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Construction Under Way on $482M Sixth Street Viaduct in LA

Tue November 20, 2018 - West Edition #24
Chuck Harvey – CEG Correspondent


Built in 1932, the bridge spanned nearly 3,500 ft. across the river and was used to represent Los Angeles’s more gritty side in countless movies, music videos and television commercials, including riverbed car chases.
(Bureau of Engineering, Department of Public Works, Los Angeles photo)
Built in 1932, the bridge spanned nearly 3,500 ft. across the river and was used to represent Los Angeles’s more gritty side in countless movies, music videos and television commercials, including riverbed car chases. (Bureau of Engineering, Department of Public Works, Los Angeles photo)
Built in 1932, the bridge spanned nearly 3,500 ft. across the river and was used to represent Los Angeles’s more gritty side in countless movies, music videos and television commercials, including riverbed car chases.
(Bureau of Engineering, Department of Public Works, Los Angeles photo)
A bridge that was considered a major landmark in Los Angeles has been demolished to make way for a new $482M Sixth Street Viaduct.
(Bureau of Engineering, Department of Public Works, Los Angeles photo)
The project is the largest bridge project in the history of the city.
(Bureau of Engineering, Department of Public Works, Los Angeles photo) The project team encountered challenges in obtaining constant access across the tracks as the railroad agencies have priority to use their tracks.
(Bureau of Engineering, Department of Public Works, Los Angeles photo)

A bridge that was considered a major landmark in Los Angeles has been demolished to make way for a new $482M Sixth Street Viaduct. The project is the largest bridge project in the history of the city.

The viaduct carries Sixth Street and Whittier Boulevard traffic and crosses the Metrolink tracks, Los Angeles River, Union Pacific Railroad tracks, the Santa Ana Freeway and several local streets.

Because the viaduct spans 18 railroad tracks operated by five different railroad agencies, it was difficult to design and implement. The project team encountered challenges in obtaining constant access across the tracks as the railroad agencies have priority to use their tracks.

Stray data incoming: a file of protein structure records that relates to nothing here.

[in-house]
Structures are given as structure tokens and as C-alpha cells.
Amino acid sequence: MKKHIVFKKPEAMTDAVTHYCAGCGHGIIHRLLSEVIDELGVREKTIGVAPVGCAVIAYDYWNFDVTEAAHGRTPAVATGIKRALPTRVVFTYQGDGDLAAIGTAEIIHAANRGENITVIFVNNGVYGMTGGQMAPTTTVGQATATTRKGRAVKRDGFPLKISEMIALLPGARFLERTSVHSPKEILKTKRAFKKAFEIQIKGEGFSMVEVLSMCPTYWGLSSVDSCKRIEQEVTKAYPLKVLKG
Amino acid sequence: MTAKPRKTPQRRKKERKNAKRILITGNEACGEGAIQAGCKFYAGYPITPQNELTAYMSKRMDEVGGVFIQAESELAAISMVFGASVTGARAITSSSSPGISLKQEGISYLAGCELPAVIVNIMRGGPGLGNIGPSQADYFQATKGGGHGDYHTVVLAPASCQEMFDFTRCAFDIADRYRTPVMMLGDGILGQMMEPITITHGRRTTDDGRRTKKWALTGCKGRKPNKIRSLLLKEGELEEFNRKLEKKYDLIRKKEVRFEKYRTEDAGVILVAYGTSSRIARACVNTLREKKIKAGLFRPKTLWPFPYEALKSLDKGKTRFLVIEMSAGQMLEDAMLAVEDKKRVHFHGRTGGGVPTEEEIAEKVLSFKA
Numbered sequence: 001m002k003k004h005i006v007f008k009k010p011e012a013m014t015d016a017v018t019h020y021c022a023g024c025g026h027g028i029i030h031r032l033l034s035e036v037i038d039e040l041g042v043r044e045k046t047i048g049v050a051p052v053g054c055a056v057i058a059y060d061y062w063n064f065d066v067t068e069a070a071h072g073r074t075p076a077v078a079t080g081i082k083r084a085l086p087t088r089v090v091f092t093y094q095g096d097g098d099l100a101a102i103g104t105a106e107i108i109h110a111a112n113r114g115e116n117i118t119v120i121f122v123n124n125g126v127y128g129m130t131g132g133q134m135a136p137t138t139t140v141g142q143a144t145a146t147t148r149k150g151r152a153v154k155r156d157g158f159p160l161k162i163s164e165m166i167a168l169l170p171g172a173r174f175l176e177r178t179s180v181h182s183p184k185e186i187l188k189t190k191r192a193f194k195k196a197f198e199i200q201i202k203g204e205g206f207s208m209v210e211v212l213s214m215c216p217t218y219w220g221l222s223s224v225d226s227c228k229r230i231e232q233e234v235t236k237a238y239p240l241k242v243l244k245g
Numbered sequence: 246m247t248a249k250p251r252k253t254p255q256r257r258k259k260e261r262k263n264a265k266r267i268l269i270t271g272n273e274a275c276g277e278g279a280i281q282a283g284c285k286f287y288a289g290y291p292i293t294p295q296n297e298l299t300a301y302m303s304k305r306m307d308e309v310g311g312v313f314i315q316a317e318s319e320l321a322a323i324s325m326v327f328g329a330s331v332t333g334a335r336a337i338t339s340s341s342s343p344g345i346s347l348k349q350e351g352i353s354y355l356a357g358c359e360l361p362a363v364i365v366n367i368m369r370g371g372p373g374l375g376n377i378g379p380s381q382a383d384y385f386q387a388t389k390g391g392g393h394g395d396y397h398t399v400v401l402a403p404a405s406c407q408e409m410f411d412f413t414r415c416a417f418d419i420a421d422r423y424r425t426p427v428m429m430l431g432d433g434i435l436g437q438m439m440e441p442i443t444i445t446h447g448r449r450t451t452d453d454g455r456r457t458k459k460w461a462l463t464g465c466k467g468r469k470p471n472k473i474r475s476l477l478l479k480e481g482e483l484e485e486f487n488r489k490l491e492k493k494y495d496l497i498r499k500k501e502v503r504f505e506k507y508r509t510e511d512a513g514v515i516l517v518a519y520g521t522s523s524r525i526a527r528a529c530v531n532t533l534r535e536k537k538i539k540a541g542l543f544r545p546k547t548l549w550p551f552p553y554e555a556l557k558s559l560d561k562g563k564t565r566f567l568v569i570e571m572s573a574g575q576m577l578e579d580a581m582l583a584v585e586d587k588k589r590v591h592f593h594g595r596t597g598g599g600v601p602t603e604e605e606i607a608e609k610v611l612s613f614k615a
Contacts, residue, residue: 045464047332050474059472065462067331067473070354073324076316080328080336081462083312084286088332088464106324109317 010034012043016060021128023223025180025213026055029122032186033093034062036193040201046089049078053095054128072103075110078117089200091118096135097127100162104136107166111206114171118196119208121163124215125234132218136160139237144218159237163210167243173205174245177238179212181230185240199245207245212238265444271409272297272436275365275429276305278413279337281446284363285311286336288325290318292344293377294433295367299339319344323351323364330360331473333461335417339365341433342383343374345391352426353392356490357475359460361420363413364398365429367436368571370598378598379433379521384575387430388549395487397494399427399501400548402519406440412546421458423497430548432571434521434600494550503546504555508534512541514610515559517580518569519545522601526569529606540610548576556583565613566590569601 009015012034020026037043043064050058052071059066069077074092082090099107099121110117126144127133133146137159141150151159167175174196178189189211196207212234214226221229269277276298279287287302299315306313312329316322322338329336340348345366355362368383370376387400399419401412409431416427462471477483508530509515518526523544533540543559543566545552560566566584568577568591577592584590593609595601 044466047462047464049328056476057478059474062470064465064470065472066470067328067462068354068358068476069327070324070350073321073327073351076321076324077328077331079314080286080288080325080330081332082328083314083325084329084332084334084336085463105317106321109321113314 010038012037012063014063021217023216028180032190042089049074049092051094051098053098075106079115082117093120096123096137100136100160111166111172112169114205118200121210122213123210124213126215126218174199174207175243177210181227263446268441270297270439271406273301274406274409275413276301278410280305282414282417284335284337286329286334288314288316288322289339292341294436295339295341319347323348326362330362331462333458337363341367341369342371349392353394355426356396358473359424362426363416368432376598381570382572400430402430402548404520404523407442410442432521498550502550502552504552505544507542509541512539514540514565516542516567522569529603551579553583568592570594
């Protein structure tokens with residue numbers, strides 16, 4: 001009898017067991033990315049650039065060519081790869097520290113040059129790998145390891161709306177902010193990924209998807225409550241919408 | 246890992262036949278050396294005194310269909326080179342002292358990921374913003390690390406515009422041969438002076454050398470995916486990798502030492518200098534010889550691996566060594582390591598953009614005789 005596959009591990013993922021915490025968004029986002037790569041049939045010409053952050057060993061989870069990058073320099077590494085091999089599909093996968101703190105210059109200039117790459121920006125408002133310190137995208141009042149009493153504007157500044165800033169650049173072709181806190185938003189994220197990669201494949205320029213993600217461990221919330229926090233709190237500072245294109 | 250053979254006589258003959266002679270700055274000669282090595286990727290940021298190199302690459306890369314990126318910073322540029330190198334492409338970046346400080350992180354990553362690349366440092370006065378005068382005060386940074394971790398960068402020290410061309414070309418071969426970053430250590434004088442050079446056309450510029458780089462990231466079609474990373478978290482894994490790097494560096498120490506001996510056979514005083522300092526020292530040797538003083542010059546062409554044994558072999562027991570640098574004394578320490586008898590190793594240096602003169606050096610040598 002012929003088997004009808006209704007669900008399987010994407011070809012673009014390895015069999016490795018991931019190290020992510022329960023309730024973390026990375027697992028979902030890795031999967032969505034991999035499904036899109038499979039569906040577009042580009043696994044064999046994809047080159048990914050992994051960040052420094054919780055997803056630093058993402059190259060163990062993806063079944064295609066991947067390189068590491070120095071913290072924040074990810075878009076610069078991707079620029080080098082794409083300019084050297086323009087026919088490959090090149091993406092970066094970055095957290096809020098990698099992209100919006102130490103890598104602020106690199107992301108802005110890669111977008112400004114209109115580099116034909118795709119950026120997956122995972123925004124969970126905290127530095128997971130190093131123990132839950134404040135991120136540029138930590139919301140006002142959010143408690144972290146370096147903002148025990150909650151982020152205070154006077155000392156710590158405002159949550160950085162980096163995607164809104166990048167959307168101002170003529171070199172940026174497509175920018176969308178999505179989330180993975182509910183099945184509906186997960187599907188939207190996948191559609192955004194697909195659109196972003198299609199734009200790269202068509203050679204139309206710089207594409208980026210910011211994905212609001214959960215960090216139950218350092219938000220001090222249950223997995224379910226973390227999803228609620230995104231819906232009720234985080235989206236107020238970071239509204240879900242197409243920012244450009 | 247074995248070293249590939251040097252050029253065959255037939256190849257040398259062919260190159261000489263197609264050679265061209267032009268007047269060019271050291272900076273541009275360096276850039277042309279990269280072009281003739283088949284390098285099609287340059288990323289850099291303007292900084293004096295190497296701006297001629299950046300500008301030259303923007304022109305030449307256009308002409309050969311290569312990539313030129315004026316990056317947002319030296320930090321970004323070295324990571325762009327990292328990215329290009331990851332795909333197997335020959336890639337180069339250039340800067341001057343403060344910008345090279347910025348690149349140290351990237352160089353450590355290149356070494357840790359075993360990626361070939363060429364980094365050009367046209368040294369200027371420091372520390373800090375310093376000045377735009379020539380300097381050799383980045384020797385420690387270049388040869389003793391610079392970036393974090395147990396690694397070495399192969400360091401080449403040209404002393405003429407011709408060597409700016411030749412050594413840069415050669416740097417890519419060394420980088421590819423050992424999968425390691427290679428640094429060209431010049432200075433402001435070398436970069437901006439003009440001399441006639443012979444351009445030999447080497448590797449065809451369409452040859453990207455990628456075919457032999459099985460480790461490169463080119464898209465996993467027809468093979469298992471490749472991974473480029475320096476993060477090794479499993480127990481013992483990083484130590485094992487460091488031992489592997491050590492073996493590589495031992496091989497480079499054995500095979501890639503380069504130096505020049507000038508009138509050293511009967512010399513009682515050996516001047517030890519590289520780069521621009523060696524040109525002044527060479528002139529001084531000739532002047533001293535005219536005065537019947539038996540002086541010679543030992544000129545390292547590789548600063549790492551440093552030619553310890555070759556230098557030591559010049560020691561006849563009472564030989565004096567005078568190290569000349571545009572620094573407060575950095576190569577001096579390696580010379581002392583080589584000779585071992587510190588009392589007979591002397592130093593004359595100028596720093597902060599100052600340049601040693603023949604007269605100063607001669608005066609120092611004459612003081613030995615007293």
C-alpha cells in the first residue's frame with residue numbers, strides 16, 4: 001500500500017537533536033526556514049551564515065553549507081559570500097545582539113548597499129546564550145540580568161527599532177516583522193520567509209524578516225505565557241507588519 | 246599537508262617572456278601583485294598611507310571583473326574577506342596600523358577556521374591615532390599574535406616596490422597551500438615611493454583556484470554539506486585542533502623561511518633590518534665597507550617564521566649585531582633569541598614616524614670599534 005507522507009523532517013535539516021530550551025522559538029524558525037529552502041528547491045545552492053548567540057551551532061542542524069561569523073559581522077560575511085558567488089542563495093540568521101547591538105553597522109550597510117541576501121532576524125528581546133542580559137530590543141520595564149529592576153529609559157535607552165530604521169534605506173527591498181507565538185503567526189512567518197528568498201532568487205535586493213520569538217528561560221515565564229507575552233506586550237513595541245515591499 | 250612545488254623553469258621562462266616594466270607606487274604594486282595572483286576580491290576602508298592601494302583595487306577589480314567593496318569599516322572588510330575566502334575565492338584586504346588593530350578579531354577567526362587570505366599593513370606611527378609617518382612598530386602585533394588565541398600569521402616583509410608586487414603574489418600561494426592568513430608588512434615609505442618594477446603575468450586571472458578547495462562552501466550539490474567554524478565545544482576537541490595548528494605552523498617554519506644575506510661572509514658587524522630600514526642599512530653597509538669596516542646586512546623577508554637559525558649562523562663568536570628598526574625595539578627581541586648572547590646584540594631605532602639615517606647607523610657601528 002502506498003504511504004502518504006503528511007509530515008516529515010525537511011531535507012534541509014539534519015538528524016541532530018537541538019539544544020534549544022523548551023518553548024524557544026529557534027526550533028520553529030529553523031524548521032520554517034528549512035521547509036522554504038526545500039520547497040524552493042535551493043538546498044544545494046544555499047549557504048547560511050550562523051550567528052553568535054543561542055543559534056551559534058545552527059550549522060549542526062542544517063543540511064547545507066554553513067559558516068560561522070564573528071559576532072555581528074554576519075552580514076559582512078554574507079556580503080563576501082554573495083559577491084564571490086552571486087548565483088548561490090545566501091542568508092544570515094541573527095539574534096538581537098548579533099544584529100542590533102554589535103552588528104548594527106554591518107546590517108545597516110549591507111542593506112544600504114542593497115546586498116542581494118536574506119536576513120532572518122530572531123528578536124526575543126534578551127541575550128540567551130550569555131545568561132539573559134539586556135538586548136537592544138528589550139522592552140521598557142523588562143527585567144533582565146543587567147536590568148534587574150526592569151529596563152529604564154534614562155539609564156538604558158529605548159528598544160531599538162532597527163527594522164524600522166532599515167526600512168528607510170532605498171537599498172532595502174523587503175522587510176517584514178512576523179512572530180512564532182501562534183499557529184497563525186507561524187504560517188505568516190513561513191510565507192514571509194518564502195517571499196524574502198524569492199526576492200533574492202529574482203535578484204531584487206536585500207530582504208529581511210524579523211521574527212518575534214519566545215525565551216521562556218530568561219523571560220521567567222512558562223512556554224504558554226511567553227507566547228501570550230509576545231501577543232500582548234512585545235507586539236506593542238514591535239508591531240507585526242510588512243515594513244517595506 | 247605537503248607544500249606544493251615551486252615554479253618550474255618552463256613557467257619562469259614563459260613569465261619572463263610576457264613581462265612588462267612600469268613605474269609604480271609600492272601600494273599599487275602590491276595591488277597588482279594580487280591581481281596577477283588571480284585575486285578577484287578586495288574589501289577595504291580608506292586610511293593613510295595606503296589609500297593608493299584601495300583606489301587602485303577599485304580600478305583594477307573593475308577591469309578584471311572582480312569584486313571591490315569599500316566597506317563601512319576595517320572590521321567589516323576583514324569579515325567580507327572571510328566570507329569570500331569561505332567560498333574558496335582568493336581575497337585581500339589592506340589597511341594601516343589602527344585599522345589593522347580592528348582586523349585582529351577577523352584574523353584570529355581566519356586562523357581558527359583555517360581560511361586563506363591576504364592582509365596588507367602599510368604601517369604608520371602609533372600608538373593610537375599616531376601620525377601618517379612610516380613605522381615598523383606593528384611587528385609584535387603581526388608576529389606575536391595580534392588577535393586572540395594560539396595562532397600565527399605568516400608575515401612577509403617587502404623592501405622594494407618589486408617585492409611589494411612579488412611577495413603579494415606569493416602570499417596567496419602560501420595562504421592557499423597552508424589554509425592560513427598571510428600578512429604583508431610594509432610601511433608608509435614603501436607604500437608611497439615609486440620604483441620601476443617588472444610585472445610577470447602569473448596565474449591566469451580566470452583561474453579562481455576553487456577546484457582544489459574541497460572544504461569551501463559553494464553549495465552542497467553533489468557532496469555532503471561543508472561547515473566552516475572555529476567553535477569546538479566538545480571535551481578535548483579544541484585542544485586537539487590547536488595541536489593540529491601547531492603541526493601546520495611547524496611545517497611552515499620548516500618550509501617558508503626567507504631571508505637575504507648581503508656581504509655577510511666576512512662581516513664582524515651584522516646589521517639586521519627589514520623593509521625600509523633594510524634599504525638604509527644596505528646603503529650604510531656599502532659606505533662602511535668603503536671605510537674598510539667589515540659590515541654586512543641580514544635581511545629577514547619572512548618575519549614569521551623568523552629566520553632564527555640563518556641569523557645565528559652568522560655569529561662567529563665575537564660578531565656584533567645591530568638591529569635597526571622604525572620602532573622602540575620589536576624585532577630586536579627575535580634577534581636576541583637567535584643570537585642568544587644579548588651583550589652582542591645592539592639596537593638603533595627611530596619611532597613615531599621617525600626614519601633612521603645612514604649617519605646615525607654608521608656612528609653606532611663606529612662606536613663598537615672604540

The obstacles are being dealt with through close coordination with the railroad agencies and working from the LA River when possible.

The Sixth Street Viaduct project construction phase started in 2015 with intersection improvements. It is scheduled to be completed in fiscal year 2020-2021.

The original Sixth Street Viaduct acted as a vital connection between the growing Arts District on the west side of the Los Angeles River and the historic neighborhood of Boyle Heights on the east side. Built in 1932, the bridge spanned nearly 3,500 ft. across the river and was used to represent Los Angeles's more gritty side in countless movies, music videos and television commercials, including riverbed car chases.

But a rare chemical reaction in the cement supports and seismic vulnerability, necessitated that the Sixth Street Viaduct be replaced.

"Because of this ongoing and irreversible chemical reaction, the concrete has lost significant strength and the structure was subject to failure under predictable seismic energy releases," said Mary Nemick, director of communications for the Los Angeles Department of Public Works. "The viaduct also had design deficiencies consisting of inadequate roadway width, poor roadway alignment, and geometric and seismic design details."

The Sixth Street Viaduct Replacement Project, is being led by Gary Lee Moore, city engineer and the city of Los Angeles Bureau of Engineering.

It is the largest bridge project in the history of Los Angeles and is funded by the Federal Highway Transportation Administration and the California Department of Transportation, along with city funds.

The Ribbon of Light

Design of the new bridge, known as "The Ribbon of Light", was by Los Angeles architect Michael Maltzan, winner of the city's international design contest in 2012.

The Bureau of Engineering also is designing and constructing a 12-acre park underneath the new structure. It will be a one-of-a-kind project that utilizes space that previously was underutilized, making it into a world-class park with access to the Los Angeles River, public art, recreational programming and much more. The park is funded separately from the viaduct project.